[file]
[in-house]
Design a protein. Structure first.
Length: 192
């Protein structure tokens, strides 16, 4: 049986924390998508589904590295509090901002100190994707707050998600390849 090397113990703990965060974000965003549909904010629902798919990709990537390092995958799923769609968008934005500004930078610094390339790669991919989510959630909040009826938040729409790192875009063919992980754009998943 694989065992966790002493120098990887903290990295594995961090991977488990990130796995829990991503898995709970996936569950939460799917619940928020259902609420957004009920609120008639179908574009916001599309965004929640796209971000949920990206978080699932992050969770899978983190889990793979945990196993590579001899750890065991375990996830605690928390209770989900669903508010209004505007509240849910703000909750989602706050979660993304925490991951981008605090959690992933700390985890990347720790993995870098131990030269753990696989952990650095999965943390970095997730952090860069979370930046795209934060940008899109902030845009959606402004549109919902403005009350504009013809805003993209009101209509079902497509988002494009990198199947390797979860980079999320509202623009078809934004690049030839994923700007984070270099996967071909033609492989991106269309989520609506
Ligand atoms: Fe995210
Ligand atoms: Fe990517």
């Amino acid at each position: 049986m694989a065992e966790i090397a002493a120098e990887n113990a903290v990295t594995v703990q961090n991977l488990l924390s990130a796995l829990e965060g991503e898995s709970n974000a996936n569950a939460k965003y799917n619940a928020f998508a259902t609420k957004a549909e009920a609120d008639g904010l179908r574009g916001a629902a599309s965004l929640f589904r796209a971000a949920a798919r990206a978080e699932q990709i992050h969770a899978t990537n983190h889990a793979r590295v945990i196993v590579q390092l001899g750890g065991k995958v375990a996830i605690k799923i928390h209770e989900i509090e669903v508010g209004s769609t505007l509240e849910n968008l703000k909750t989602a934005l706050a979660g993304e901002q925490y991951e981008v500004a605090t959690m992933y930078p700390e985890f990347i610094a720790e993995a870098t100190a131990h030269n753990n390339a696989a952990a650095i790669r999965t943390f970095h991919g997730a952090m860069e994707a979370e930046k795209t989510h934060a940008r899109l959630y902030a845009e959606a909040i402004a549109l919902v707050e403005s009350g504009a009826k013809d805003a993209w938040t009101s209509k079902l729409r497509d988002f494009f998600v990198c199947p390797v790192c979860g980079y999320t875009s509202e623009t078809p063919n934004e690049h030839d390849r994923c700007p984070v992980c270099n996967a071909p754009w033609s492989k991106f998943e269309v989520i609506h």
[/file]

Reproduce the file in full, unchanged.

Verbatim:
[in-house]
Design a protein. Structure first.
Length: 192
């Protein structure tokens, strides 16, 4: 049986924390998508589904590295509090901002100190994707707050998600390849 090397113990703990965060974000965003549909904010629902798919990709990537390092995958799923769609968008934005500004930078610094390339790669991919989510959630909040009826938040729409790192875009063919992980754009998943 694989065992966790002493120098990887903290990295594995961090991977488990990130796995829990991503898995709970996936569950939460799917619940928020259902609420957004009920609120008639179908574009916001599309965004929640796209971000949920990206978080699932992050969770899978983190889990793979945990196993590579001899750890065991375990996830605690928390209770989900669903508010209004505007509240849910703000909750989602706050979660993304925490991951981008605090959690992933700390985890990347720790993995870098131990030269753990696989952990650095999965943390970095997730952090860069979370930046795209934060940008899109902030845009959606402004549109919902403005009350504009013809805003993209009101209509079902497509988002494009990198199947390797979860980079999320509202623009078809934004690049030839994923700007984070270099996967071909033609492989991106269309989520609506
Ligand atoms: Fe995210
Ligand atoms: Fe990517």
């Amino acid at each position: 049986m694989a065992e966790i090397a002493a120098e990887n113990a903290v990295t594995v703990q961090n991977l488990l924390s990130a796995l829990e965060g991503e898995s709970n974000a996936n569950a939460k965003y799917n619940a928020f998508a259902t609420k957004a549909e009920a609120d008639g904010l179908r574009g916001a629902a599309s965004l929640f589904r796209a971000a949920a798919r990206a978080e699932q990709i992050h969770a899978t990537n983190h889990a793979r590295v945990i196993v590579q390092l001899g750890g065991k995958v375990a996830i605690k799923i928390h209770e989900i509090e669903v508010g209004s769609t505007l509240e849910n968008l703000k909750t989602a934005l706050a979660g993304e901002q925490y991951e981008v500004a605090t959690m992933y930078p700390e985890f990347i610094a720790e993995a870098t100190a131990h030269n753990n390339a696989a952990a650095i790669r999965t943390f970095h991919g997730a952090m860069e994707a979370e930046k795209t989510h934060a940008r899109l959630y902030a845009e959606a909040i402004a549109l919902v707050e403005s009350g504009a009826k013809d805003a993209w938040t009101s209509k079902l729409r497509d988002f494009f998600v990198c199947p390797v790192c979860g980079y999320t875009s509202e623009t078809p063919n934004e690049h030839d390849r994923c700007p984070v992980c270099n996967a071909p754009w033609s492989k991106f998943e269309v989520i609506h």